While white NBA coaches get hired, Black coaches get fired

By: Jacob Shindel, Columnist 

Views expressed in opinion columns are the author’s own

In a league where around 81% of players are Black, it would make sense that the percentage of Black coaches is a reflection of the percentage of players. However, for the NBA, this is not the case. Only 23% of head coaches are Black, compared to 70% of head coaches in the NBA who are white. On top of these staggering numbers, it seems as if white coaches are given much more leeway than Black coaches when it comes to tenure and team success.

After another poor season starter for the new-looking Washington Wizards, once again the question has risen of whether or not Scott Brooks should be their head coach. Brooks, who is white, has been on the so-called “hot seat” for the past few years. Since being hired by the Wizards, Brooks has gone 152-177 over five seasons, and has made the playoffs twice, but not since the 2017-2018 season. 

Before being the coach of the Wizards, Brooks was the coach of the Oklahoma City Thunder, from the 2008-2009 season until the 2014-2015 season. In that time, Brooks only missed the playoffs twice. Despite having the dynamic duo of Kevin Durant and Russel Westbrook, with future MVP James Harden on the team for a few of those years, the Thunder never won a championship with Brooks, and only made it to the finals once. Is Brooks truly a good coach, deserving of a head coaching job today, or has he always been gifted with super star level talent? And why, with a 60-105 record over the past three seasons, has Scott Brooks not been fired yet?

The answer could very well come down to race. White coaches are given much more time to prove their worth in the league, and therefore keep their jobs even while struggling to win. To the NBA’s credit, they do a much better job at hiring Black coaches compared to the NFL, who had only three Black coaches last year (plus one interim who is not going to be hired full time) out of 32 teams. While the NBA is doing a much better job than the NFL, it isn’t something to be proud of. It’s like trying to hit a qualifying time in a race, and you barely beat the person next to you, but you were both five minutes slower than the time you needed to hit.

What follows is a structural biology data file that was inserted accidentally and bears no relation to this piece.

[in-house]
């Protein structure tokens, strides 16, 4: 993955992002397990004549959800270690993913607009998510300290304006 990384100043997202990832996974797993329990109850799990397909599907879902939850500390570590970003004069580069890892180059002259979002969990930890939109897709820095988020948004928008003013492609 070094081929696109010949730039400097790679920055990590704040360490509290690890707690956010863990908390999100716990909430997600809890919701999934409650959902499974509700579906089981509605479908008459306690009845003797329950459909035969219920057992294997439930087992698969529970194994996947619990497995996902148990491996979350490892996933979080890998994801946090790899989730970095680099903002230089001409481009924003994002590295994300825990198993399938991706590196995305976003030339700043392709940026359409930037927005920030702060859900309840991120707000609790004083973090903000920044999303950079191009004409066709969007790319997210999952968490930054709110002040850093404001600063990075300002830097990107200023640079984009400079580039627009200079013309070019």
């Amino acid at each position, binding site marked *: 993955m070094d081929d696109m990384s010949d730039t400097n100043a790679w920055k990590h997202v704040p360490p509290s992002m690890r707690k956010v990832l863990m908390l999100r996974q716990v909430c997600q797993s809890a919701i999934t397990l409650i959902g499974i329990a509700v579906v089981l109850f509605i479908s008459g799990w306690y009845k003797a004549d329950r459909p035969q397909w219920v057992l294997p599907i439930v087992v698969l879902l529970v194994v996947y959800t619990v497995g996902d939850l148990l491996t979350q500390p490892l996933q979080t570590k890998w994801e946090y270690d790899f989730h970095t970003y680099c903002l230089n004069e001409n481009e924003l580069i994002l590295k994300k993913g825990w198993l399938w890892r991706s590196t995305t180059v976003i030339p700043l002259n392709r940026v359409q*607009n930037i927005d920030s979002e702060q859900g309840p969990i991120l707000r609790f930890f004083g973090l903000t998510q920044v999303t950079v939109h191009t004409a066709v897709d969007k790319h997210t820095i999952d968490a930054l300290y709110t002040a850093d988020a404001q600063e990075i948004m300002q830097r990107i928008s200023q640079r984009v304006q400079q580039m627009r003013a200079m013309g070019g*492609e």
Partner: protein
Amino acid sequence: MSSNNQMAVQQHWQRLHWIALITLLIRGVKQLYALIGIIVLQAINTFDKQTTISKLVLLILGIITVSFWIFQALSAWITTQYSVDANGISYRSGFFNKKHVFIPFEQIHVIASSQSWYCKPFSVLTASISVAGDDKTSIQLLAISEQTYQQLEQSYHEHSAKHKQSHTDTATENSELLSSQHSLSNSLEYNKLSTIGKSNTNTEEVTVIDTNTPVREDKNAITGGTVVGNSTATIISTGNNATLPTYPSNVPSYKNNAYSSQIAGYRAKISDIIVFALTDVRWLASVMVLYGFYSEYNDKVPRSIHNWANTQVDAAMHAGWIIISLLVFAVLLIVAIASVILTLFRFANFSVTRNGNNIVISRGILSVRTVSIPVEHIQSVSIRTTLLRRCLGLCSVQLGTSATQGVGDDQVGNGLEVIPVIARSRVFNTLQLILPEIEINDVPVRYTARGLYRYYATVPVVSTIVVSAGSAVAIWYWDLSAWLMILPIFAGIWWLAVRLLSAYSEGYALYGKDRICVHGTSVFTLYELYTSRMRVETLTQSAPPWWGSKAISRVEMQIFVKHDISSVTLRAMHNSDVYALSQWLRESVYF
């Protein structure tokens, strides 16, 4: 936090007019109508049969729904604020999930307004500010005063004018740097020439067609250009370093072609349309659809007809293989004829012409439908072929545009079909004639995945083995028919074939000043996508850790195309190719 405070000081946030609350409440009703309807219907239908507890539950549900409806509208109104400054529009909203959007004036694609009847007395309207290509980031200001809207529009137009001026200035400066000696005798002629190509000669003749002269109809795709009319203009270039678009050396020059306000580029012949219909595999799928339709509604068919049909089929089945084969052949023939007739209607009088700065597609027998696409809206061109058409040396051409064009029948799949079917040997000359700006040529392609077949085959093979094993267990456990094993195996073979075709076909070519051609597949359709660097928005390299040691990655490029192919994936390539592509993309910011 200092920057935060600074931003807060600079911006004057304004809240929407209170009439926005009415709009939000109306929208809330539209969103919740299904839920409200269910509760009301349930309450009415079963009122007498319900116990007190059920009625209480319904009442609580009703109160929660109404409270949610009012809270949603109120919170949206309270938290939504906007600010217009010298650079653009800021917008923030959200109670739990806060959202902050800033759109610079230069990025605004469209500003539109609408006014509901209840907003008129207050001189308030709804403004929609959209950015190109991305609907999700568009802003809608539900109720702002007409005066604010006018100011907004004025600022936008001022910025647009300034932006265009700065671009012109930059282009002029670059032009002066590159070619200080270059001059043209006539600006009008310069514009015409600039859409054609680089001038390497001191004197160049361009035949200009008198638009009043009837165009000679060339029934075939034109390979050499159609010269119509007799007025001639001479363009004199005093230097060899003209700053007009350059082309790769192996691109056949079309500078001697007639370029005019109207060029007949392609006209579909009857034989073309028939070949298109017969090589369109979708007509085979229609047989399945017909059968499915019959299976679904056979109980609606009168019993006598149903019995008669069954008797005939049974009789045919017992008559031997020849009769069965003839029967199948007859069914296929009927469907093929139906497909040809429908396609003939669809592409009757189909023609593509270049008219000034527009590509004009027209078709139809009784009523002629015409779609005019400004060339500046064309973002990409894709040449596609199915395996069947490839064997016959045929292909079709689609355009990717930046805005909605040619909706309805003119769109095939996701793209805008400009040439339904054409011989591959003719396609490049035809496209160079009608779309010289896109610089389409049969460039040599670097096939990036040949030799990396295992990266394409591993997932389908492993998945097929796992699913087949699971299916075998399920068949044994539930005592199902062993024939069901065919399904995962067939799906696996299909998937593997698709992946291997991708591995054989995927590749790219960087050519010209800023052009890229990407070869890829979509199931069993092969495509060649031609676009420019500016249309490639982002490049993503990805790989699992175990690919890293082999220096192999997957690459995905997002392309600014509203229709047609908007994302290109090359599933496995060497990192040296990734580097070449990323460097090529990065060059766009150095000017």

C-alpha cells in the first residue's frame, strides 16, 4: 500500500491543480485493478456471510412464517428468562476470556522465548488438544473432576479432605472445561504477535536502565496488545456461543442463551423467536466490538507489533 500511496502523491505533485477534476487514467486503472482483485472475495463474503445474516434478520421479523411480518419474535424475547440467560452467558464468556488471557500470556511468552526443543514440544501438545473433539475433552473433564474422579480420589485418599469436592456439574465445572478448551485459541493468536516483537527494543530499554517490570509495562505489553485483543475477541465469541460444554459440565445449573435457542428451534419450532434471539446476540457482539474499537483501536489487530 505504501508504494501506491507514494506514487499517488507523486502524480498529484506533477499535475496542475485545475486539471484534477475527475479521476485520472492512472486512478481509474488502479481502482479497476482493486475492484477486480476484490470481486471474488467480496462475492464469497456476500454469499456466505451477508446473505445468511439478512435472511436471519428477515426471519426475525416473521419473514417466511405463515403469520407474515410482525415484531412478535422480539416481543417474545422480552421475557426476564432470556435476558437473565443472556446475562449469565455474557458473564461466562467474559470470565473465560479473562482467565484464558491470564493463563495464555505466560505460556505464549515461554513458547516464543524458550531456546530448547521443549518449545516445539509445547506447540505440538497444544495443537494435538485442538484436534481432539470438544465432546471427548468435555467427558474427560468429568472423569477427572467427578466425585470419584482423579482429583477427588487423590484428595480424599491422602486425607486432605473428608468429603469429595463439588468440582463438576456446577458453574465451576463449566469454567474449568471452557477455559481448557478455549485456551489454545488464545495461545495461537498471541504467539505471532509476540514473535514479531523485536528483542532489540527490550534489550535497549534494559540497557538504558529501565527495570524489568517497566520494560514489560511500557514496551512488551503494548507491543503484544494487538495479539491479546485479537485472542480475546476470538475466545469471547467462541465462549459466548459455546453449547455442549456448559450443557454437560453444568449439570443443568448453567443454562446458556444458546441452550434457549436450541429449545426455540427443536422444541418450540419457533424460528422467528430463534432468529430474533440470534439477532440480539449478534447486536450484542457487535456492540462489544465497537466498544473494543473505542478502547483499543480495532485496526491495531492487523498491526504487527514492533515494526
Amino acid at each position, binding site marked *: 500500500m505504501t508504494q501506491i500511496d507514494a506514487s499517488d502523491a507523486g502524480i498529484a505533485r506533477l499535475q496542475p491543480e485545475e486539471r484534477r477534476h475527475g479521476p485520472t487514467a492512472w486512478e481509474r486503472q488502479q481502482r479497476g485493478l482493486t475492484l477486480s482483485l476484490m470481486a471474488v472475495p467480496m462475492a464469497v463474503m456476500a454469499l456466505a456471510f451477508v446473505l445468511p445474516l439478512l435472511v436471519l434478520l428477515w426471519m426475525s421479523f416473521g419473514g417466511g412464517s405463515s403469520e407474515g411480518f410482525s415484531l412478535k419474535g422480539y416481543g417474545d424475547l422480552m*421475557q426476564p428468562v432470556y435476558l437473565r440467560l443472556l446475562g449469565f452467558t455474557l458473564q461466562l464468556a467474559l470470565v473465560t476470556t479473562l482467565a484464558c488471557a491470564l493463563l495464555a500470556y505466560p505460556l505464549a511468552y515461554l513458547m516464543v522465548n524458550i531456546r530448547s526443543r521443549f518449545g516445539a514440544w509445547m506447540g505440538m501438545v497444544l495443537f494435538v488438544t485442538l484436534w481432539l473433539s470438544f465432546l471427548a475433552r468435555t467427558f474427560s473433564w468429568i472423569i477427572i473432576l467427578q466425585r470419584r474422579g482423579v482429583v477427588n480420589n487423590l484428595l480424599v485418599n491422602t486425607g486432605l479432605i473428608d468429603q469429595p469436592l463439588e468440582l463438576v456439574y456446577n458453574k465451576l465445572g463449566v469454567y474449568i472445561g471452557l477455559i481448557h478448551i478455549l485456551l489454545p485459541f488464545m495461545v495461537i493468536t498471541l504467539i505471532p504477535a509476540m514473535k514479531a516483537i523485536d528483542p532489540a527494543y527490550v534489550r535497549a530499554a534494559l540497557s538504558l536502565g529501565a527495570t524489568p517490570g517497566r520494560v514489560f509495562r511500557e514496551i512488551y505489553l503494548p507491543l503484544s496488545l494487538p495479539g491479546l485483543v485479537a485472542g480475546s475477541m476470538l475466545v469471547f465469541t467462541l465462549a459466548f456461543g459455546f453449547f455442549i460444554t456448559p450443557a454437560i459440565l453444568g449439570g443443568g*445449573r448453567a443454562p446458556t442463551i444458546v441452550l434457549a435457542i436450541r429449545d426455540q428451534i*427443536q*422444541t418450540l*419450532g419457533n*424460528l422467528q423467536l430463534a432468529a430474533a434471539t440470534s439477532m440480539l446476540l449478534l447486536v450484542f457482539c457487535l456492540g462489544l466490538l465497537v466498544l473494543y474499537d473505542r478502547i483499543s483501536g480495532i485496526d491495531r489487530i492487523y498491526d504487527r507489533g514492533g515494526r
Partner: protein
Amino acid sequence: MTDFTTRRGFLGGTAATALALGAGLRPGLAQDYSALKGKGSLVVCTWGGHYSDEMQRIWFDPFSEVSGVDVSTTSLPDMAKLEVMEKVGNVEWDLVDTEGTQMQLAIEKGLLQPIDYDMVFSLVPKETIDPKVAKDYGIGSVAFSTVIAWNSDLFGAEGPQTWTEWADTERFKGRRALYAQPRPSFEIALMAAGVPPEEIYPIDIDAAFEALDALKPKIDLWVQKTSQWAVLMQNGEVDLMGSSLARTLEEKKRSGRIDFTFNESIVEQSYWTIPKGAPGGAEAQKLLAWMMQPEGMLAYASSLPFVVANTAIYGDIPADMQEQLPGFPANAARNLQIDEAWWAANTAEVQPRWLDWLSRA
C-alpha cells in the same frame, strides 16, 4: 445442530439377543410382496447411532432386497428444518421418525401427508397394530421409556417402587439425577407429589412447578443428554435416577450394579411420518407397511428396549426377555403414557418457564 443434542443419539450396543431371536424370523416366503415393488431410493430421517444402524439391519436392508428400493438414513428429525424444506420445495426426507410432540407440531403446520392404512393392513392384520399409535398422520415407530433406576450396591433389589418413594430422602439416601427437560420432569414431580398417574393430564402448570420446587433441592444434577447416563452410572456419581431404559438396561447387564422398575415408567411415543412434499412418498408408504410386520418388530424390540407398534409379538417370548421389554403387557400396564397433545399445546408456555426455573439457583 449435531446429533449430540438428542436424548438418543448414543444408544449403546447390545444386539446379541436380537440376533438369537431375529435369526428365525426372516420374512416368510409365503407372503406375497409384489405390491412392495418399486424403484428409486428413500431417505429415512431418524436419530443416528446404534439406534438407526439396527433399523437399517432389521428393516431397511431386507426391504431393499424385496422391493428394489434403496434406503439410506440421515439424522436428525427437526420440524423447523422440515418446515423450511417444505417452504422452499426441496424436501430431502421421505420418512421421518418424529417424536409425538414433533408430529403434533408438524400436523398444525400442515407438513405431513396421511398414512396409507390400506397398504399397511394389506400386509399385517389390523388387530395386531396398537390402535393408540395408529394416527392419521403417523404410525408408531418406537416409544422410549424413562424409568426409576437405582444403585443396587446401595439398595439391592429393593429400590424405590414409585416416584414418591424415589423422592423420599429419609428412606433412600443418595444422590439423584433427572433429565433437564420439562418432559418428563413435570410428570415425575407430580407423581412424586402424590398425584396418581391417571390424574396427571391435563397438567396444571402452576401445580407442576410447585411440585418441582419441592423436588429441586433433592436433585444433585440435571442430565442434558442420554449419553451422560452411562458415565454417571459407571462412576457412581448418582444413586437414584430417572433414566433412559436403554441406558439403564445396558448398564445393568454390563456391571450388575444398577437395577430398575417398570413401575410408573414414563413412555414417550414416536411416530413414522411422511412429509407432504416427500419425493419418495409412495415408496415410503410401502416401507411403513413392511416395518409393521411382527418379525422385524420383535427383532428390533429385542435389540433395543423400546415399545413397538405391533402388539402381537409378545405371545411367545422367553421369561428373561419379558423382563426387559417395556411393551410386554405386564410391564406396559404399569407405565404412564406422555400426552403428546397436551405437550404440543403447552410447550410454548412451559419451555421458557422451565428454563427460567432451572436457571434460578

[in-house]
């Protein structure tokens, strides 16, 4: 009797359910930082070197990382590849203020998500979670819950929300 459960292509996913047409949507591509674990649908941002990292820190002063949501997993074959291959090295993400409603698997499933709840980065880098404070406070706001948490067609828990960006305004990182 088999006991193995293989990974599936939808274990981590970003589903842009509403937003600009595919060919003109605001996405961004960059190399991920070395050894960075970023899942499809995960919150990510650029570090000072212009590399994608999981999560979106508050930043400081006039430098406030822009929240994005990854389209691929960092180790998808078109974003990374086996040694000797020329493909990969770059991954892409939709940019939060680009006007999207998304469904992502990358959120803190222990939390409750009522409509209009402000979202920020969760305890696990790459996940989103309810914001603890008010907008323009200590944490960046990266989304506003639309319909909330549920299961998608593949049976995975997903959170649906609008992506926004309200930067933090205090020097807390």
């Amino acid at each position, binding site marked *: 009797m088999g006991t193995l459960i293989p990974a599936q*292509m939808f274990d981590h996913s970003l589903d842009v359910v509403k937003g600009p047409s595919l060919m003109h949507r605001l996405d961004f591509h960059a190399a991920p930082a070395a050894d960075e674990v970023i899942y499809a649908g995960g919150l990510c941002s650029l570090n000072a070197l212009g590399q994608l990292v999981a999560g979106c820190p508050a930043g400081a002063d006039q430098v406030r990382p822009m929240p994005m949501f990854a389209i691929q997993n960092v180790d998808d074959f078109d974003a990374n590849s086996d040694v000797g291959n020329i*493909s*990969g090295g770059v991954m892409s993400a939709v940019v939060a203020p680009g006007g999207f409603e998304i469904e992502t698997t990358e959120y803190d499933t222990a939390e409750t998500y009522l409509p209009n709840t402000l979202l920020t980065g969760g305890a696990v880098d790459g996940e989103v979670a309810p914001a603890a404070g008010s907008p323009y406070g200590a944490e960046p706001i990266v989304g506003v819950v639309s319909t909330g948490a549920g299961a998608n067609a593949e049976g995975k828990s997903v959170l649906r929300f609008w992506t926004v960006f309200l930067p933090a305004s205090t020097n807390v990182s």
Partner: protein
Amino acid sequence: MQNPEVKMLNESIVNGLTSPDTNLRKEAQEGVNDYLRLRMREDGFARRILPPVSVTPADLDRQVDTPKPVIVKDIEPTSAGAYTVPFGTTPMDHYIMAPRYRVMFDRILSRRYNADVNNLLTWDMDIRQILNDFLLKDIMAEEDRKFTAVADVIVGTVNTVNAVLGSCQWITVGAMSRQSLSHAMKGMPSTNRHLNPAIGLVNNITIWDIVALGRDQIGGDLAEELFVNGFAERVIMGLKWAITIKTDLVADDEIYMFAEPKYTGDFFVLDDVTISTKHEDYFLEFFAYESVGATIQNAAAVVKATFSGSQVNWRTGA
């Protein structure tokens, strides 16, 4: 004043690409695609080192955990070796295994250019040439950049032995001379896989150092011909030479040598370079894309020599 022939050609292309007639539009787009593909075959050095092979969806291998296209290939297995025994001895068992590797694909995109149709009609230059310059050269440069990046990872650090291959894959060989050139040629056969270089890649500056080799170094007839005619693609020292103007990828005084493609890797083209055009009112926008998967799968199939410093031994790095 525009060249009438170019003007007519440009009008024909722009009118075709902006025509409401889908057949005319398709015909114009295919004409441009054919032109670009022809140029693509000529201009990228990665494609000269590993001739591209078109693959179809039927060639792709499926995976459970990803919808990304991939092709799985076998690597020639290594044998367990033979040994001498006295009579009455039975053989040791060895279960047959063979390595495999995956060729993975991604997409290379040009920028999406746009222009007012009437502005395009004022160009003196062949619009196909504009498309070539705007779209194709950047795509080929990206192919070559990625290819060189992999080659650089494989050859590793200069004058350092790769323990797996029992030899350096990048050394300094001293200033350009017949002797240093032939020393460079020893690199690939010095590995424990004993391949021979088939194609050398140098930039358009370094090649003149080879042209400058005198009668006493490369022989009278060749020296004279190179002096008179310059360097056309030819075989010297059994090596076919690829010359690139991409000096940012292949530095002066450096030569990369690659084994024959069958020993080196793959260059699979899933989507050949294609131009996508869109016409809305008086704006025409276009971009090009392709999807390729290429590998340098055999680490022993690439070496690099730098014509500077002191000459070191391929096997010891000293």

Sacramento Kings head coach Luke Walton was thrust into the head coaching role for 43 games during the 2015-16 season for the Golden State Warriors, as head coach Steve Kerr recovered from back surgery. Walton went 39-4, but was gifted with one of the best lineups in the league. Because of Walton’s “success” during that run, the Lakers hired him, and he went 98-148 over three seasons, failing to make the playoffs and finishing with a losing record in all three campaigns. The Lakers fired him, but he was then hired by the Kings. In his second season with the team, they are sitting at 5-8, after going 31-41 last season and missing the playoffs. Walton has yet to prove himself as an NBA coach, and somehow still has a job in the NBA. 

Now let’s see how Black coaches have fared while trying to retain coaching jobs. For starters, former Raptors coach Dwane Casey won the NBA’s Coach of the Year award at the conclusion of the 2017-18 season after leading the Raptors to a 59-23 record, and then was fired a few days later. The team got swept by the Cavaliers in the second round of the playoffs, but only the Warriors super team was able to stop Lebron James, Kevin Love and Tristan Thompson. 

Former Indiana Pacers coach Nate McMillan was fired after the team, without Domantas Sabonis, got swept by the Miami Heat, who made it to the NBA Finals. The team battled injuries all season, with Sabonis missing eight games and Myles Turner missing 17 games. Even worse is that Victor Oladipo, the team’s best player, only suited up for seven games. Despite the battles against injury, the team still moved on from McMillan this past offseason.

The last Black coach to be discussed is a man who, according to Andre Igoudala, has been “Blackballed” by the NBA. Mark Jackson, who coached Igoudala for a year, also played a major part in developing Stephen Curry and Klay Thompson into the top backcourts in the league. He led them to the playoffs in his last two seasons, and still got fired. 

Jackson, a former point guard who spent the majority of his career with the New York Knicks and Indiana Pacers, won the Rookie of the Year award, and was also an NBA All Star. His experience both as a player and a coach could be invaluable to a team, especially one like the aforementioned Wizards, who have an All-Star backcourt, but cannot seem to figure out how to play together under Brooks. How does Jackson not have a coaching job, while Brooks and Walton are both head coaches right now?  

In 2003, the NFL implemented the Rooney Rule, which forced NFL teams to interview at least one minority candidate when faced with a head coaching vacancy. In 2009, it was expanded to include general manager vacancies, and other front office jobs. 

While the NBA does a much better job at hiring Black coaches and front office executives compared to other professional sports leagues in the U.S., there is still a lot of work to do. With only 23% of coaches being Black in the NBA, NBA commissioner Adam Silver should at least consider implementing the Rooney rule, and taking more steps to ensure that Black coaches and executives are given a fair shot in comparison to their white counterparts; because in today’s NBA, that balance is very skewed. 

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